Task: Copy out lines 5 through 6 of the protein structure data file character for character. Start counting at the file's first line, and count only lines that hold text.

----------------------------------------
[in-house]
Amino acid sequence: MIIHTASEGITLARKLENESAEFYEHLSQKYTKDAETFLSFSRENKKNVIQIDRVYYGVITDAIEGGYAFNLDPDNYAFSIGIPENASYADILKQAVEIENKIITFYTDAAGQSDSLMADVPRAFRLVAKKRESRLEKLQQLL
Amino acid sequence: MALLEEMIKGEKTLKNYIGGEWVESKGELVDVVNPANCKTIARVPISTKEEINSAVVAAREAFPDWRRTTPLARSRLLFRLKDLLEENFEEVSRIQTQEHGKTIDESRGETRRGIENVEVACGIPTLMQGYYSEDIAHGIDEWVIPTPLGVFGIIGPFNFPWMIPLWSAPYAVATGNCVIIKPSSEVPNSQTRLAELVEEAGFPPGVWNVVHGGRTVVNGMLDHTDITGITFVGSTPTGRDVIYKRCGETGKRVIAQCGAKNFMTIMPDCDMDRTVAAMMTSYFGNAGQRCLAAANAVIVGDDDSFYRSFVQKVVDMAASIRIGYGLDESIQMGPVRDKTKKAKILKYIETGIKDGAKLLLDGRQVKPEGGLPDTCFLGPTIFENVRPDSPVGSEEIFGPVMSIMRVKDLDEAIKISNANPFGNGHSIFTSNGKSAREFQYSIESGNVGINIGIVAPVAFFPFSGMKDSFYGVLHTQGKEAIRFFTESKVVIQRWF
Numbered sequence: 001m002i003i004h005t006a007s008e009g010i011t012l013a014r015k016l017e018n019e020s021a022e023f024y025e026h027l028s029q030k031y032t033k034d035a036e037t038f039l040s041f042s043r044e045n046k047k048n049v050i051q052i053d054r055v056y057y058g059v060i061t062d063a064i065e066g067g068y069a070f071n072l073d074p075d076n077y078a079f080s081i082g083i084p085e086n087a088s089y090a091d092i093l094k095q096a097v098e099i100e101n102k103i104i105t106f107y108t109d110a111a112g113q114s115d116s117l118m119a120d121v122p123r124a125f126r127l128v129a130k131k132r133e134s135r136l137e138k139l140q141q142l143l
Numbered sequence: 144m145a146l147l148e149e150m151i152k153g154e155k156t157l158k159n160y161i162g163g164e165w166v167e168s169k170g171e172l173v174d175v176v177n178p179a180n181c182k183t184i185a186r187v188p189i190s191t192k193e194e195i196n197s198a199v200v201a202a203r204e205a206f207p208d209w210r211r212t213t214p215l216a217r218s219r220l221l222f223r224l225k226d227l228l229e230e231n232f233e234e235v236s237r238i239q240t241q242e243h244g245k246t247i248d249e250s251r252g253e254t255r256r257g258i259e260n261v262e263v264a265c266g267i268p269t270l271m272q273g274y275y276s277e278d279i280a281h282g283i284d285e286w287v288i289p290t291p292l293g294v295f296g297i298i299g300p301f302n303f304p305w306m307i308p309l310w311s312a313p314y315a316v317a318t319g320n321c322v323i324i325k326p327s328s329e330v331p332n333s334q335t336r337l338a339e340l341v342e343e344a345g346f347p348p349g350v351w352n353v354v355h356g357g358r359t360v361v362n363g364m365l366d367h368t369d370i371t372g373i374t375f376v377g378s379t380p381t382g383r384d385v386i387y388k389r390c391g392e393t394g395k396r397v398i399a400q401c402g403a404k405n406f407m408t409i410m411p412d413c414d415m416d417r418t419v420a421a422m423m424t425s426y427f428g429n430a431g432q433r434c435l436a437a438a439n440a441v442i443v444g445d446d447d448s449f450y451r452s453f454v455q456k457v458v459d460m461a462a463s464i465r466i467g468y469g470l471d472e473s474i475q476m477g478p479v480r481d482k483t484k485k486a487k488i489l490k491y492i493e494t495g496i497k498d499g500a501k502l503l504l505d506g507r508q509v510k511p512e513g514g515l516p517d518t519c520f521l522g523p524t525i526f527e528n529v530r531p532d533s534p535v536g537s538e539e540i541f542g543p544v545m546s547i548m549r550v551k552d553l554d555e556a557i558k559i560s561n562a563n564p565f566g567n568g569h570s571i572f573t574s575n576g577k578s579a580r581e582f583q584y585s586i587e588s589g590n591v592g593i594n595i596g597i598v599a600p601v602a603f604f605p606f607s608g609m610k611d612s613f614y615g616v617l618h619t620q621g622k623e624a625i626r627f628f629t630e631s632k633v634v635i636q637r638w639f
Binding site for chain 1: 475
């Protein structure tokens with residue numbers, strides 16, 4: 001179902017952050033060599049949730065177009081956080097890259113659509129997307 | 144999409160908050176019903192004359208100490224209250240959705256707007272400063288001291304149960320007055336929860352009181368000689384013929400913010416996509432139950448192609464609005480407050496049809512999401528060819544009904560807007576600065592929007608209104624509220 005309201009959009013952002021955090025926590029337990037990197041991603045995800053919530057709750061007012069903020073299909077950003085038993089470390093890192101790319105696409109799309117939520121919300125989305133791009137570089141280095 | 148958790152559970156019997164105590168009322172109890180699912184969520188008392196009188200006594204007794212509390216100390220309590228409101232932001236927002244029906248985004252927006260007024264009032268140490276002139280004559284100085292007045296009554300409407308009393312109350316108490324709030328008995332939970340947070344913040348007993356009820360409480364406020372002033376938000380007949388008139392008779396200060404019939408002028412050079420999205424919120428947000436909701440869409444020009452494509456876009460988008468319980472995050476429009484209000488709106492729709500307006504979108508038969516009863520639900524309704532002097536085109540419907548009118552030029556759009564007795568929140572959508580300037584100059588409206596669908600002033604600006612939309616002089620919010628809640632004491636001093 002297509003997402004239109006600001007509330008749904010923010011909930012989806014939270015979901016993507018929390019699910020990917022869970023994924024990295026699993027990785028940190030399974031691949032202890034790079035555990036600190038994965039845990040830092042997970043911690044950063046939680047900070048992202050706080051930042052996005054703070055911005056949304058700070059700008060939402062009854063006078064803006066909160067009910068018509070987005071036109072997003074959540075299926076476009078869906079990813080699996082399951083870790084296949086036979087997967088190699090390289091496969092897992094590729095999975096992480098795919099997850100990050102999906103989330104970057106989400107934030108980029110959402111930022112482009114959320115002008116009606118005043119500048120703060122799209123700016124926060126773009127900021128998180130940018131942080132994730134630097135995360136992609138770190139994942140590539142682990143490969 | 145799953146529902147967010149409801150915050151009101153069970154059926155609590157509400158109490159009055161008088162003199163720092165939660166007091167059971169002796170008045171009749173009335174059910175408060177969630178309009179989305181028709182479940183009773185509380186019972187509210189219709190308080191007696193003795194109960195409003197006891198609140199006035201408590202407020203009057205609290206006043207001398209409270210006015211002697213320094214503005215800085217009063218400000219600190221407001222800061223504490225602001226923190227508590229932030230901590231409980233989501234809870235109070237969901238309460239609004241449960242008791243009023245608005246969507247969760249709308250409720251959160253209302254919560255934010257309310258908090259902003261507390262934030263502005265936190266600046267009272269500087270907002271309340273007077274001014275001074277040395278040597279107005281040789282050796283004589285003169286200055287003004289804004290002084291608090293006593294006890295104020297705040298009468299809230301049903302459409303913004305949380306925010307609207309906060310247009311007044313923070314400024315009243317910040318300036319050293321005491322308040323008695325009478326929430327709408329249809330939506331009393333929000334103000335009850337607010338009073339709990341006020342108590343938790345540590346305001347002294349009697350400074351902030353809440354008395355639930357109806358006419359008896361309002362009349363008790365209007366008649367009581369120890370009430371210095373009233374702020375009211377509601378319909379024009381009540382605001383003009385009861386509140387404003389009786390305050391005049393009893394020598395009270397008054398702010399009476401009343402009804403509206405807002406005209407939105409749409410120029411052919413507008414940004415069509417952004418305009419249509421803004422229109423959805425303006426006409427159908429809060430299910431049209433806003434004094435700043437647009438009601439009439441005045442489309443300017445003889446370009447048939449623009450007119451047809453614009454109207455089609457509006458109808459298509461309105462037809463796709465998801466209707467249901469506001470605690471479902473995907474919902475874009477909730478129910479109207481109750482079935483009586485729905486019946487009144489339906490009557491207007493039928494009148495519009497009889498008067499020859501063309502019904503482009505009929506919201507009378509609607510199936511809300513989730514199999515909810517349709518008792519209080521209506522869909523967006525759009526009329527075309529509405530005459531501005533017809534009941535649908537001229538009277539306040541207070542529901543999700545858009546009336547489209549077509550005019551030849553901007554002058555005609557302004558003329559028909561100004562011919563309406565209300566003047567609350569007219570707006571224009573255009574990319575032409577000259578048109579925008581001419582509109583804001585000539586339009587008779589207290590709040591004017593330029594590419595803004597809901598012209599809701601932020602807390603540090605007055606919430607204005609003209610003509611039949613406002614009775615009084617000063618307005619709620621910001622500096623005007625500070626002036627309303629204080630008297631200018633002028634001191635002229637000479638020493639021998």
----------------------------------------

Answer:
Numbered sequence: 144m145a146l147l148e149e150m151i152k153g154e155k156t157l158k159n160y161i162g163g164e165w166v167e168s169k170g171e172l173v174d175v176v177n178p179a180n181c182k183t184i185a186r187v188p189i190s191t192k193e194e195i196n197s198a199v200v201a202a203r204e205a206f207p208d209w210r211r212t213t214p215l216a217r218s219r220l221l222f223r224l225k226d227l228l229e230e231n232f233e234e235v236s237r238i239q240t241q242e243h244g245k246t247i248d249e250s251r252g253e254t255r256r257g258i259e260n261v262e263v264a265c266g267i268p269t270l271m272q273g274y275y276s277e278d279i280a281h282g283i284d285e286w287v288i289p290t291p292l293g294v295f296g297i298i299g300p301f302n303f304p305w306m307i308p309l310w311s312a313p314y315a316v317a318t319g320n321c322v323i324i325k326p327s328s329e330v331p332n333s334q335t336r337l338a339e340l341v342e343e344a345g346f347p348p349g350v351w352n353v354v355h356g357g358r359t360v361v362n363g364m365l366d367h368t369d370i371t372g373i374t375f376v377g378s379t380p381t382g383r384d385v386i387y388k389r390c391g392e393t394g395k396r397v398i399a400q401c402g403a404k405n406f407m408t409i410m411p412d413c414d415m416d417r418t419v420a421a422m423m424t425s426y427f428g429n430a431g432q433r434c435l436a437a438a439n440a441v442i443v444g445d446d447d448s449f450y451r452s453f454v455q456k457v458v459d460m461a462a463s464i465r466i467g468y469g470l471d472e473s474i475q476m477g478p479v480r481d482k483t484k485k486a487k488i489l490k491y492i493e494t495g496i497k498d499g500a501k502l503l504l505d506g507r508q509v510k511p512e513g514g515l516p517d518t519c520f521l522g523p524t525i526f527e528n529v530r531p532d533s534p535v536g537s538e539e540i541f542g543p544v545m546s547i548m549r550v551k552d553l554d555e556a557i558k559i560s561n562a563n564p565f566g567n568g569h570s571i572f573t574s575n576g577k578s579a580r581e582f583q584y585s586i587e588s589g590n591v592g593i594n595i596g597i598v599a600p601v602a603f604f605p606f607s608g609m610k611d612s613f614y615g616v617l618h619t620q621g622k623e624a625i626r627f628f629t630e631s632k633v634v635i636q637r638w639f
Binding site for chain 1: 475